their plaster of paris model was shipped across the atlantic, along with jefferson's plans, to guide the builders on the banks of the james river in virginia. jefferson's inspiration was to give the fledgling state government a symbolic structure, thus launching the classic revival in the united states. "i have met a young man of increasing reputation," wrote jefferson in his fourth year in paris, "who proposes to employ himself solely in painting the events of the american war." john trumbull of connecticut, invited by jefferson to pursue his work at the hotel de langeac, they become friends. the central figure in trumbull's most famous painting is jefferson at 33.
his "declaration of independence" is being presented by the committee of 5 to the congress assembled in philadelphia. in paris, jefferson would sit with trumbull for hours, describing this room, even sketching the floor plan. he described the appearance and location of the members, remembering clearly the men with whom he had shared this moment. now, a decade later, the aging franklin had retired, and jefferson, the new minister, is urgently invited by john adams to come to london for negotiations with the british
jefferson has never gotten on with the english too well. "their architecture is in the most wretched style i ever saw," he says, "not meang to except america, where it is bad, nor even virginia, where it is worse." but the gardens of england are another matter. "the gardening in this country," he says, "is the article in which it surpasses all the earth." jefferson has read for years about these romantic places, where all nature seems to have been turned into a garden.
but it is in the parks of paris where jefferson's life will be, for a short time, transformed. he has met a young woman. his capitulation is complete. his love letters to he are unlike any other words he has ever written. "our friendship is precious," he writes, "not only in the shade but in the sunshine of life. "and on the days we have lately passed, "the sun has indeed shone brightly on the presence of my charming companion." she is maria cosway. at 27, she has a musical voice, an air of intelligence and sophistication... and a husband. they have met here, the halles aux bleds, where trumbull had introduced them
and jefferson had pronounced the design of the dome as "the most superb thing on earth." "how beautiful was every object!" he would write to her later. "the gardens of marly, the chateau, the statues, "the hills along the seine. "and recollect, too, bagatelle, the pavilion of louveciennes, he desert de retz... how well i remember them all." "how imprudent it is to place my affections without reserve. on an object i must so soon lose." "but every moment has been filled with something agreeable, "and the wheels of time have moved on "with the rapidity of which those of our carriage "gave but a faint idea.
what a mass of happiness have we traveled over!" "i feel more fit for death than for life... "but when i look back on the pleasures of which this is the consequence, i am conscious they were worth the price i am paying." jefferson's trip to the south of france just a few months' later may have been an attempt to put maria cosway out of his mind.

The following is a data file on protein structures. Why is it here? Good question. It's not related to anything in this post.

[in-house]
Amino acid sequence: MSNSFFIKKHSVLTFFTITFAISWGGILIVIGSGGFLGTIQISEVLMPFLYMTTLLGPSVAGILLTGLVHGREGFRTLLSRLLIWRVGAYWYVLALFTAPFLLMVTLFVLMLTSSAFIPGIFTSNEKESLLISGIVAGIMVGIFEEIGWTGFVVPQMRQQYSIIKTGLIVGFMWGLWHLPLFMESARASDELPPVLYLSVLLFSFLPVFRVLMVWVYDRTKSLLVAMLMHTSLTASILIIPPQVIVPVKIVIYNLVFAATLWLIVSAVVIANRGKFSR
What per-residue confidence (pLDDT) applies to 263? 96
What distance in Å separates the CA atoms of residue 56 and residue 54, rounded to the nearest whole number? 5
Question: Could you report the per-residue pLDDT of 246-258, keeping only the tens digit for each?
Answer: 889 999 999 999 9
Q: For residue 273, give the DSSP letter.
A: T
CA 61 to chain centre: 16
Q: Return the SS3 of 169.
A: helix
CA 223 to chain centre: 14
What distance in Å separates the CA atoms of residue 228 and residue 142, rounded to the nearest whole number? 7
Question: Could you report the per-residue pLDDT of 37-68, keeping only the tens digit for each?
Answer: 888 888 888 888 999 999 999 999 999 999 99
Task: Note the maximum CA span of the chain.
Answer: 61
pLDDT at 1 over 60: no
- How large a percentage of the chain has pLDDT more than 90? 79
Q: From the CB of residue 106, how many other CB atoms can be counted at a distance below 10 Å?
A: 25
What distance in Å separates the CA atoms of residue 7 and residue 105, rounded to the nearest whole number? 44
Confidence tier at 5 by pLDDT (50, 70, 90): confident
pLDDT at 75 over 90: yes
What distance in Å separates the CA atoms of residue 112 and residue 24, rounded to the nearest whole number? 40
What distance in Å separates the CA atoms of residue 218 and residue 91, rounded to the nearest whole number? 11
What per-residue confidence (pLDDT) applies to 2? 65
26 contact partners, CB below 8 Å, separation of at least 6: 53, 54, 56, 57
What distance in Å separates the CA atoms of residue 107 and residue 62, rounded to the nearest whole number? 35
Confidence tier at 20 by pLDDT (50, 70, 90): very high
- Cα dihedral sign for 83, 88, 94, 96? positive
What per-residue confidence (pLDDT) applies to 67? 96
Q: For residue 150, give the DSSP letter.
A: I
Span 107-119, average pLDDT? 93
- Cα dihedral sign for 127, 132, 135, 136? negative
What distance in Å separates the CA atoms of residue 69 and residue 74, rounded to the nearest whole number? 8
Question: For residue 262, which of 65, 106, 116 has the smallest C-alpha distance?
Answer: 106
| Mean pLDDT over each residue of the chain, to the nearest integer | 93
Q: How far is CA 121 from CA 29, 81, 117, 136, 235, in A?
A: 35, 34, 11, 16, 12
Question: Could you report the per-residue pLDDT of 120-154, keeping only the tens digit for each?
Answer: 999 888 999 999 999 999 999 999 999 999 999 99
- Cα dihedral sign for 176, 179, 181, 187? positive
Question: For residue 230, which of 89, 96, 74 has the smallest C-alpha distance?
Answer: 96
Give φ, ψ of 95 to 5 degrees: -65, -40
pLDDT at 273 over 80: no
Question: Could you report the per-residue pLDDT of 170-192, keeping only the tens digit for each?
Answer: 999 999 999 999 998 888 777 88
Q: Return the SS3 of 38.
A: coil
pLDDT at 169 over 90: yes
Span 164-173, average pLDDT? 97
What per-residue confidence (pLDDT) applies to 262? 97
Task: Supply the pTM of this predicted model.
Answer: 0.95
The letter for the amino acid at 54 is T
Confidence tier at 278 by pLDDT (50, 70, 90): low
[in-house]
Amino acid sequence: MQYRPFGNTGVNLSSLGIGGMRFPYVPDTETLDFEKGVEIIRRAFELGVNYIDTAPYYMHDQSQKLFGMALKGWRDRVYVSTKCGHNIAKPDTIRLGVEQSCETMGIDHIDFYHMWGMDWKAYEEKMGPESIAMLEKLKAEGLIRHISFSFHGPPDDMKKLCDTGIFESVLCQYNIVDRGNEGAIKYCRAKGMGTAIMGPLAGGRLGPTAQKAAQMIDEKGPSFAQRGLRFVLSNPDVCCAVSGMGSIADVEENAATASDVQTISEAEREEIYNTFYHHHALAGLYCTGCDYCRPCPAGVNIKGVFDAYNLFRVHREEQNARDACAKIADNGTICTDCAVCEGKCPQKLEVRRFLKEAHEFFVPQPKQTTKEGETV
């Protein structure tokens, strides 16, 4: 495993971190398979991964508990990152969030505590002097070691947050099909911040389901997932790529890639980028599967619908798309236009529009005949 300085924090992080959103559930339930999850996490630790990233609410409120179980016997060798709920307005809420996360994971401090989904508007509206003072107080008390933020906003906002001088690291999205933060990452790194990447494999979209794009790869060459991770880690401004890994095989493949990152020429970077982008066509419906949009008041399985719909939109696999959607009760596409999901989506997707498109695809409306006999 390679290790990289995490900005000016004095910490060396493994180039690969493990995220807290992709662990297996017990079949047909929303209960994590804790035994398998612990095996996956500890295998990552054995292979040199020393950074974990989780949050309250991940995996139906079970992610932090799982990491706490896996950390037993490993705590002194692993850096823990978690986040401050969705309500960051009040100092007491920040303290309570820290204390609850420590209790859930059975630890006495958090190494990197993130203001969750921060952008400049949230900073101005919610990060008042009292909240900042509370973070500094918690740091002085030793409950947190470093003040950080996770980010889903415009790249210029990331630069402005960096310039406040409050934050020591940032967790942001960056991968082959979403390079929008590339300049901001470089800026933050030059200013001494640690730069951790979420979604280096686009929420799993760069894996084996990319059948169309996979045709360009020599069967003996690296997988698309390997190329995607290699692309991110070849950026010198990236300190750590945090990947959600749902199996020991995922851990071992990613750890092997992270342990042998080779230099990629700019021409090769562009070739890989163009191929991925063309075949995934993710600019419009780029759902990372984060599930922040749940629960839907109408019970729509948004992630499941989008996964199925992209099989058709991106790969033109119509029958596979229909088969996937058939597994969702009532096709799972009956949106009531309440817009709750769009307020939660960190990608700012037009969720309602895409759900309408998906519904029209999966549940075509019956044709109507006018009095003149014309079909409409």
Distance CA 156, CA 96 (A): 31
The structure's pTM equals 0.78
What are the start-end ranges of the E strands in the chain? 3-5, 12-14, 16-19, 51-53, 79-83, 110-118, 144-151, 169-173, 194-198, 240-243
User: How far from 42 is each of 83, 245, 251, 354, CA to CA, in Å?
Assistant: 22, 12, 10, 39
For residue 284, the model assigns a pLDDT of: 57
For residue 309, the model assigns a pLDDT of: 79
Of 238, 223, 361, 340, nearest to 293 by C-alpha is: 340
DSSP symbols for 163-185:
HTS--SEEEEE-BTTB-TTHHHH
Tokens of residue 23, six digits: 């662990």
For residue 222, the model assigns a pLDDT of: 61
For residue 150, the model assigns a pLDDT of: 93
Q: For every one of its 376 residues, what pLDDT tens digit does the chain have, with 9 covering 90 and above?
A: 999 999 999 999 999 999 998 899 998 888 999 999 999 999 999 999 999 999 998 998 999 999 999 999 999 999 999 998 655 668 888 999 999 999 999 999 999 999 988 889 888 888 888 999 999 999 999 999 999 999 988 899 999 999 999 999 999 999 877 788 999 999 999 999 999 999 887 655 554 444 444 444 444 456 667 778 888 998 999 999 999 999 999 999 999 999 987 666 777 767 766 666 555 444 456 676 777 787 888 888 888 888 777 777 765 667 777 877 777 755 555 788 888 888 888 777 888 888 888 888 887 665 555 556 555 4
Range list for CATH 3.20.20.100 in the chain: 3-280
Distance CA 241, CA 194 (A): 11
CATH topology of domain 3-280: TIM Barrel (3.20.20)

but it was also a business trip. he would see if it might be possible to transplant grapevines, olives, rice, and other useful plants to america. from the ancient city of nimes, he writes to madame de tesse. "from morn to night, i have been nourished with the remains of roman grandeur." "were i to attempt to give you the news i should tell you stories 1,000 years old." now it appears before his eyes for the first time.
his replica of this building that was put up in the time of the caesars is now coming into being again in the wilderness of virginia 4,000 miles away. in september, 1789, jefferson embarks for america, where he will continue to serve the new republic for 2 decades. on arrival, he learns that the nation's new capitol is to be carved out of the maryland and virginia forests on the banks of the potomac river. he immediately sends to the designer of washington
maps of european cities he has collected on his trip. a stream of suggestions and ideas for the new city flows from jefferson's pen. recalling paris, he suggests that rows of poplar trees be planted along pennsylvania avenue, enhancing the grand boulevard that will link the executive and legislative branches of the new government. he suggests that lots in the city be a minimum of 50 feet wide. he sketches several ideas of his own for the town, favoring a block plan running east and west at the confluence of the potomac and anacostia rivers.
when major pierre l'enfant lays his own wide radial streets over the blocks, there emerges the most famous city plan in america. jefferson now proposes a design competition for the president's house, submitting his own palladian entry anonymously. though he endorses the winning design by james hoban, when he takes up residence in this building a decade later as president, he immediately calls on architect benjamin latrobe to help him add terraces and a portico. again, jefferson finds many ways to improve the space in which he lives. designing, encouraging, collaborating, inspiring.
his most enduring monument celebrating his belief in the power of education and of the rights of man. instead of one great building containing everything and everybody, jefferson explained to latrobe, "we propose to build an academical village." perhaps there was a memory of marly when he went to his drawing board to lay out the grand design of the university of virginia. "this institution of my native state "will be based on the illimitable freedom of the human mind," he said.
♪ (red grooms) everybody thought he was the greatest. he was like a god. (fischl) he invented or developed a lot of ways of picturing the american experience, which becomes a metaphor for a bigger experience. (berman) he certainly was a realist in that he painted what he saw. his pictures are made out of facts certainly, but also memory and improvisation. (narrator) edward hopper didn't belong to a movement or a group or a school. the consummate outsider, he belonged to himself.